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June 10, 1971 - Image 7

Resource type:
Text
Publication:
Michigan Daily, 1971-06-10

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Thursday, June 10, 1971

THE MICHIGAN DAILY

Page Seven

SOVIETS EXPECT LONG FLIGHT
First space laboratory orbits earth

Meir assails treaty
Premier Golda Meir speaking in the Israeli Parliament yesterday
asserted that the hard line taken by the Egyptian leadership was
not helping progress for a settlement over the Suez Canal. In
assailing a treaty signed by Egypt and the Soviet Union on May
26, she said, "To ignore the grave implications of this treaty
would likely bring about temptation to aggression and greatly
endanger peace."
HORRORS AND HIGHLIGHTS:
leepviewmg your
wa y around Cannes

MOSCOW (/) - The world's
first orbiting space laboratory
rocketed farther away from the
earth yesterday and the three
Soviet cosmonauts aboard ap-
peared to be preparing f-r an ex-
tended flight.
Soviet official sources gave no
hint of how long the pioneering
flight of Salute would last. For-
eign specialists estimated it
could go on for weeks as the
crew runs through tests on the
scientific equipment packed
aboard.
There were two insist indica-
tions that the flight may be a
long one-a higher orbit and the
fact that Georgy Dobrovolsky,
the flight commander, shut down
the systems of the Soyuz 11, the
spaceship that carried the crew
to a docking with the Salute on
Monday.
Some foreign specialists expect
another orbital correction today,
intended to lift the laboratory
more than 185 miles above the
earth. At that height the bulky
craft would be less susceptible
to atmospheric resistance, which
pulls it closer to earth, and as-
sures increased longevity in or-
bit.
It was also noted that the crew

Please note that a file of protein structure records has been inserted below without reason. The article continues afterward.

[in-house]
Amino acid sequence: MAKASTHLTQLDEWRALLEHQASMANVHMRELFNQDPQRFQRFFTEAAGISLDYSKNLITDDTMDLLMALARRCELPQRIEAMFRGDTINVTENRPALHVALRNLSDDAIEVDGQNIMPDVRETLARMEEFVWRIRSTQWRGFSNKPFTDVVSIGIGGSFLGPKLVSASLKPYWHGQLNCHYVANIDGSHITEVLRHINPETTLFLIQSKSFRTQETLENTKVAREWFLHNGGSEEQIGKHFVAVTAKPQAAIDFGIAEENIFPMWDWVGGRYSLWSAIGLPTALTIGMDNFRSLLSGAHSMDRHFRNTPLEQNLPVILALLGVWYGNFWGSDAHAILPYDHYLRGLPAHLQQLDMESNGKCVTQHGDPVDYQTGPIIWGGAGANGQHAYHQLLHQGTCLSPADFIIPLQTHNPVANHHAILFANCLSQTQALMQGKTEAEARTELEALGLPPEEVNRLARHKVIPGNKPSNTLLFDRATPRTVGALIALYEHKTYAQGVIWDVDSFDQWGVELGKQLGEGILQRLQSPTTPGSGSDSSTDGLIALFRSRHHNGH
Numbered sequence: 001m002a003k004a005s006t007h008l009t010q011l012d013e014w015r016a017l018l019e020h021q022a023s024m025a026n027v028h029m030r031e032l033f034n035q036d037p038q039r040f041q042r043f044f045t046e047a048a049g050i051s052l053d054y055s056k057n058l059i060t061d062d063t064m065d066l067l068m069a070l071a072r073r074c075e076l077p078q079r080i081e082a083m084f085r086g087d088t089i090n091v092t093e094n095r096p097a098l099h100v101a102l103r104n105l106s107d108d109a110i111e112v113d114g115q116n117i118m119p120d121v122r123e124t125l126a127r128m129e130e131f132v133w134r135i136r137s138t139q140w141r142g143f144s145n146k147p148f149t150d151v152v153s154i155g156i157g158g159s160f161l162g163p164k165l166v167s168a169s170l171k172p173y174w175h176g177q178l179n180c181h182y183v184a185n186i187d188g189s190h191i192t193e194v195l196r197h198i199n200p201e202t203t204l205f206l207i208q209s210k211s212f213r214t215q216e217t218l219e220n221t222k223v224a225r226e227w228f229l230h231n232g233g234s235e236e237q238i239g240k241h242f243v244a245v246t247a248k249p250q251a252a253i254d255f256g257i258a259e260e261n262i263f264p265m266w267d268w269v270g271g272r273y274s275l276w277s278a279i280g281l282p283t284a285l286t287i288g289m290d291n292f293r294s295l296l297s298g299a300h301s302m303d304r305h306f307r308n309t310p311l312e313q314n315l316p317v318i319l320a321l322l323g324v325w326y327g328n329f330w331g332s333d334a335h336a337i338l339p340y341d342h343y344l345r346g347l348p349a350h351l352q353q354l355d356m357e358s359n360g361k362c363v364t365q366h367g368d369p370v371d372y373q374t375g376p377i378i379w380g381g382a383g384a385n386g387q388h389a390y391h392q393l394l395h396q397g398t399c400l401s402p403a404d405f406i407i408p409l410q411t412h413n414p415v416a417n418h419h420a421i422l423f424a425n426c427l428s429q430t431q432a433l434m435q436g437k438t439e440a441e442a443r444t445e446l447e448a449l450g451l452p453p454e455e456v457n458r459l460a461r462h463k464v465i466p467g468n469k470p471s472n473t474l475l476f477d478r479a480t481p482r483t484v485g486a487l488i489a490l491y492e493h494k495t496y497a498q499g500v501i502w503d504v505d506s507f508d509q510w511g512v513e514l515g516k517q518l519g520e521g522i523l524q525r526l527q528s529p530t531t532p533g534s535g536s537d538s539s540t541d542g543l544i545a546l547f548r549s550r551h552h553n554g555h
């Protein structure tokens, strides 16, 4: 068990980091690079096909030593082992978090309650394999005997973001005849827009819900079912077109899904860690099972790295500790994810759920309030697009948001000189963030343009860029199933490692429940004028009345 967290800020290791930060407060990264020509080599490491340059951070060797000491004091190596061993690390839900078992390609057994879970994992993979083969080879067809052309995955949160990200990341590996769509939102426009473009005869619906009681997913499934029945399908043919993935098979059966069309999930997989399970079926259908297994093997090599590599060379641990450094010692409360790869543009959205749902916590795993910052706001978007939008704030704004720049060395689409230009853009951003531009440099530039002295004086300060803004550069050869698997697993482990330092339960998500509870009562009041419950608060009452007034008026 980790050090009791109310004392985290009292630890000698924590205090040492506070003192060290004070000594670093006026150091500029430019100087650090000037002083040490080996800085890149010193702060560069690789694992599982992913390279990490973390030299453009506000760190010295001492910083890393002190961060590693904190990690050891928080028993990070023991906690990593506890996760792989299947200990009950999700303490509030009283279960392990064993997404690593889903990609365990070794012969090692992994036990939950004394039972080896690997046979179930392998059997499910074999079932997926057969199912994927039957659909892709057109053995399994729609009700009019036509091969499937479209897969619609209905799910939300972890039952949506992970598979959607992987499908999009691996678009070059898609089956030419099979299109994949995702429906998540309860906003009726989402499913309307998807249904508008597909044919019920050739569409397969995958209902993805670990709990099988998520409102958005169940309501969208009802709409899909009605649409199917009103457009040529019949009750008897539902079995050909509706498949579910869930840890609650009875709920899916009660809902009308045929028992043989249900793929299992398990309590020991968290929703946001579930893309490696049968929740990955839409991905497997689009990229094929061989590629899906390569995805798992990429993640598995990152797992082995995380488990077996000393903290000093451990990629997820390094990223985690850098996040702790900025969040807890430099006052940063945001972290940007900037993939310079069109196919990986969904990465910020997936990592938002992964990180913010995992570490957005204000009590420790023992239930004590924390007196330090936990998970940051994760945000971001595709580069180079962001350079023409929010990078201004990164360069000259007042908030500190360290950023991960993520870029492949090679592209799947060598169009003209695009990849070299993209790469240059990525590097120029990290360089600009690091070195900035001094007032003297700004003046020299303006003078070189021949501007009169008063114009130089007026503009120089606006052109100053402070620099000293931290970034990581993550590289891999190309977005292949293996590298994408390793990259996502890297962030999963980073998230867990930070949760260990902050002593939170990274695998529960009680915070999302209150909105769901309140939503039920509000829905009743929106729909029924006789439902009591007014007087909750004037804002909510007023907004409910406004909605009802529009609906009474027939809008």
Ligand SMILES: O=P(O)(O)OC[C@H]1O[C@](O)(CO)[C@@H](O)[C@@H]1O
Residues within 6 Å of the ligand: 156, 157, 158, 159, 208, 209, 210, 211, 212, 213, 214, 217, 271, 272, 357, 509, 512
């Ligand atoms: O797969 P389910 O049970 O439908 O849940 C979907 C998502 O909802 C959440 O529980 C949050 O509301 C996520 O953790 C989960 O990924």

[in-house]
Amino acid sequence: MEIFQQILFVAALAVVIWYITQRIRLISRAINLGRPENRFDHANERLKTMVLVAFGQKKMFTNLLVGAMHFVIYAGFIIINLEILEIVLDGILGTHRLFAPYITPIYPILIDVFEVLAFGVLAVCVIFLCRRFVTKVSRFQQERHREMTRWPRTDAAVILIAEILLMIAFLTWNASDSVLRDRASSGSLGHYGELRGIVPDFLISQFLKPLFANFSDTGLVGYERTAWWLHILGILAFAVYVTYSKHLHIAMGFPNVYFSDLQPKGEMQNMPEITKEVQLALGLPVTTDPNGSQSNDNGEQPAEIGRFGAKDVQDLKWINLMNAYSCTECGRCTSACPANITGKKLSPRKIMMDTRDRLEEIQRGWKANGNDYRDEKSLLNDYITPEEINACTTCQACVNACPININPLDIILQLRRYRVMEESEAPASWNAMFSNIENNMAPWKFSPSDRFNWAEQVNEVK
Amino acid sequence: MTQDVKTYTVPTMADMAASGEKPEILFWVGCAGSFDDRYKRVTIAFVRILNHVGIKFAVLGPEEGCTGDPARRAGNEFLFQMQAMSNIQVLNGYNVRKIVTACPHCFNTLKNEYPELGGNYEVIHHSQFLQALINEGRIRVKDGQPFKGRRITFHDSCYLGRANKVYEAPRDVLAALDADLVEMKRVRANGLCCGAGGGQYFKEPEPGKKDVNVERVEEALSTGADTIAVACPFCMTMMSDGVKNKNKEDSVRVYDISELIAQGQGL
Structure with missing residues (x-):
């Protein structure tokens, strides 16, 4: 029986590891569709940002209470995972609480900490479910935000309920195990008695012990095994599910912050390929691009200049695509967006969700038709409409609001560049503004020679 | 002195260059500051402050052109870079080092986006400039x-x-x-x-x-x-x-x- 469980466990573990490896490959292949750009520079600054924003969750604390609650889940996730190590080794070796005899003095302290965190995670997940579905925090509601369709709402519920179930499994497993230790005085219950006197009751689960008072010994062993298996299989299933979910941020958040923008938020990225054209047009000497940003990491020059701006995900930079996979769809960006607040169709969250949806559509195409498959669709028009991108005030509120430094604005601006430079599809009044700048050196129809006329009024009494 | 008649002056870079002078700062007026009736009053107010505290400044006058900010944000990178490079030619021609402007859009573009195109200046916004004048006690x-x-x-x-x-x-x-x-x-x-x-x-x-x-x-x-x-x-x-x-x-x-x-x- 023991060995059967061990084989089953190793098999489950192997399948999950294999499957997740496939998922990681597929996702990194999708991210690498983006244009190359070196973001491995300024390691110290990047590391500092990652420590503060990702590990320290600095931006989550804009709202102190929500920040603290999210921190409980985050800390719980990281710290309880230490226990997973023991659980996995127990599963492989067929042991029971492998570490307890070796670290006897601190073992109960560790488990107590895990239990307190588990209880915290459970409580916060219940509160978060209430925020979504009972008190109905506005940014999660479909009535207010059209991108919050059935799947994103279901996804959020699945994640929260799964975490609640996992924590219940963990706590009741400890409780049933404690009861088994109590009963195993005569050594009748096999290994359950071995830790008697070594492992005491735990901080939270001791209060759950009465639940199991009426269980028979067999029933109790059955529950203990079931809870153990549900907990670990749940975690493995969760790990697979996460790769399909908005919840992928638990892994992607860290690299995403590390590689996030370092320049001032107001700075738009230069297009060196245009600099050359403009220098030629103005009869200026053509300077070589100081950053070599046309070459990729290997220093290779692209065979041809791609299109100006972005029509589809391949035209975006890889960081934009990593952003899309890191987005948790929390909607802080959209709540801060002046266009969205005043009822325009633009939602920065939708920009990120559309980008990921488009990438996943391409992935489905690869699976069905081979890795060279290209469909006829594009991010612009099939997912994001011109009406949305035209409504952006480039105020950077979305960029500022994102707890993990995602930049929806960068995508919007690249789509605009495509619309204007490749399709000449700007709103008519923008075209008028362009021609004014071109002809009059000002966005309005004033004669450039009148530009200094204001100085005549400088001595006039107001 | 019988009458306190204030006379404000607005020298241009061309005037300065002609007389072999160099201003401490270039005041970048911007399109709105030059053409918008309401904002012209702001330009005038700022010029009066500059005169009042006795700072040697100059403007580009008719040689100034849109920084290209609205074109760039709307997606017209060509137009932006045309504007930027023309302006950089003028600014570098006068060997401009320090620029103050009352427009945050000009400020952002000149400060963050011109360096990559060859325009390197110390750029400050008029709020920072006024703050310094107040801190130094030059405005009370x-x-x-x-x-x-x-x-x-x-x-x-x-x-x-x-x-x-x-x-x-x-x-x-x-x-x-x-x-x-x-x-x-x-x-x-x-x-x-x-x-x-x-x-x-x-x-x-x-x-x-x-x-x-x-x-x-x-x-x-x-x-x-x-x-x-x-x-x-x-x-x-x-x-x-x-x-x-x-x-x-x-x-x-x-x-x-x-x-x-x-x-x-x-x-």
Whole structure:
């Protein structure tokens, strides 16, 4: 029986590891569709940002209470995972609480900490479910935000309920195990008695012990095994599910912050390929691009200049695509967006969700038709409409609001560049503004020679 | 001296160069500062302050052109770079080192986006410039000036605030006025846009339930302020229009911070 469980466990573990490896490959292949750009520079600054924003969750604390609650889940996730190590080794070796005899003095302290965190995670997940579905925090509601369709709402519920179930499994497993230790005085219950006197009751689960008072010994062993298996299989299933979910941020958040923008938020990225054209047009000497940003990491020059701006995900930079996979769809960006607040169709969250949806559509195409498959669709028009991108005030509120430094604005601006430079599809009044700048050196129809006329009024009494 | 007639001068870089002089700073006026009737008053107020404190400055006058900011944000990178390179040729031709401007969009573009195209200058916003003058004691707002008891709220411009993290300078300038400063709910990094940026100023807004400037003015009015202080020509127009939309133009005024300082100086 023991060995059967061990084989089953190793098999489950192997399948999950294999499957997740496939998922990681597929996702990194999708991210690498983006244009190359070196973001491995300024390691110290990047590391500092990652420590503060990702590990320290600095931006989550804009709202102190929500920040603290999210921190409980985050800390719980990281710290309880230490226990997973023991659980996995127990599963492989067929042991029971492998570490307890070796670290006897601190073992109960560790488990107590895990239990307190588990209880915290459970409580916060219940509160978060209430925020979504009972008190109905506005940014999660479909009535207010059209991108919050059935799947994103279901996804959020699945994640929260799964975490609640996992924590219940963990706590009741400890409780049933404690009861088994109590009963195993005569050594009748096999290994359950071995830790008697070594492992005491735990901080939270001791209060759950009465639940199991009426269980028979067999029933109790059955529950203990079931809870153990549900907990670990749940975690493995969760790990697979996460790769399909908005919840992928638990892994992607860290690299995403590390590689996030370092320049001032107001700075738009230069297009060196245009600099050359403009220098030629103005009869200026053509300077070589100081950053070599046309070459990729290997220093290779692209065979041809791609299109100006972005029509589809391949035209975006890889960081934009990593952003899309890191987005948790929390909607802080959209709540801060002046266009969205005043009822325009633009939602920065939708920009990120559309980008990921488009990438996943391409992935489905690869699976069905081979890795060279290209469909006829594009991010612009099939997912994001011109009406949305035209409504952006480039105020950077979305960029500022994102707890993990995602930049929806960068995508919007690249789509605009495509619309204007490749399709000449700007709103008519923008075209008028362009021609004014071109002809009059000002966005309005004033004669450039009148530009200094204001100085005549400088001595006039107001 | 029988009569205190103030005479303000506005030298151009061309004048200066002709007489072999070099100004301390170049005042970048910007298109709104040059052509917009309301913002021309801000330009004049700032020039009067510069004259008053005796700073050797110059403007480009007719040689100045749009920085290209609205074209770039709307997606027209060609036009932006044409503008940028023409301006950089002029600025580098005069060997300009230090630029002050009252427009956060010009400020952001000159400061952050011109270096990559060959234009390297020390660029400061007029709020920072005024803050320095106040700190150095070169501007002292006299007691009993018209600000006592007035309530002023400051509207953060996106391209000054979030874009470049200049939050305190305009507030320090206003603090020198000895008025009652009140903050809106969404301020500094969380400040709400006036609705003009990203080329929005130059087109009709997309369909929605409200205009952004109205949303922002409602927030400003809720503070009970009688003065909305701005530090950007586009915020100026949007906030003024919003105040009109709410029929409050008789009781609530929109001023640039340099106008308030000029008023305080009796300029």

donned what Tass news agency
called special strain spacesuits
which imitate gravitational pull
and help maintain muscle tone
in a state of weightlessness.
Wearing this suit, Dobrovolsky
did an acrobatic act for the bene-
fit of Soviet television viewers.
Dobrovolsky, flight engineer
Vladislav Volov and test engineer
Viktor Patsayev went into orbit
Sunday in Soyuz 1i, caught up
with and docked the next day
withSalute, a big workship
launched without a crew six
weeks before.
Hermetically fixed together,
Soyuz and Salute weigh 25 tons.
Combined, the two are 65.6 feet
long, 13 feet in diameter at the
widest point and contain six com-
partments. Total working and
living space is 3,500 cubic feet,
the equivalent of a good-sized
room.
In a progress report, Tass, the
official Soviet news service, re-
ported that the crew had "com-
pleted the conservation of sys-
tems of the Soyuz 11 spaceship."
This meant that the systems
on the Soyuz 11 had been shut
down, and the cosmonauts would
rely on Salute's equipment until
the time came to return to earth.
Unofficial Soviet sources said
the principal limitation on the
duration of the experiment, would
be the condition of the crew and
theirhreaction to prolonged
weightlessness.

The sources said extremely
close watch, through instruments,
was being maintained on the cos-
monauts' physical condition. At
the first sign of trouble, they
added, the mission would be ter-
minated.
Soviet space officials were said
to be especially sensitive to the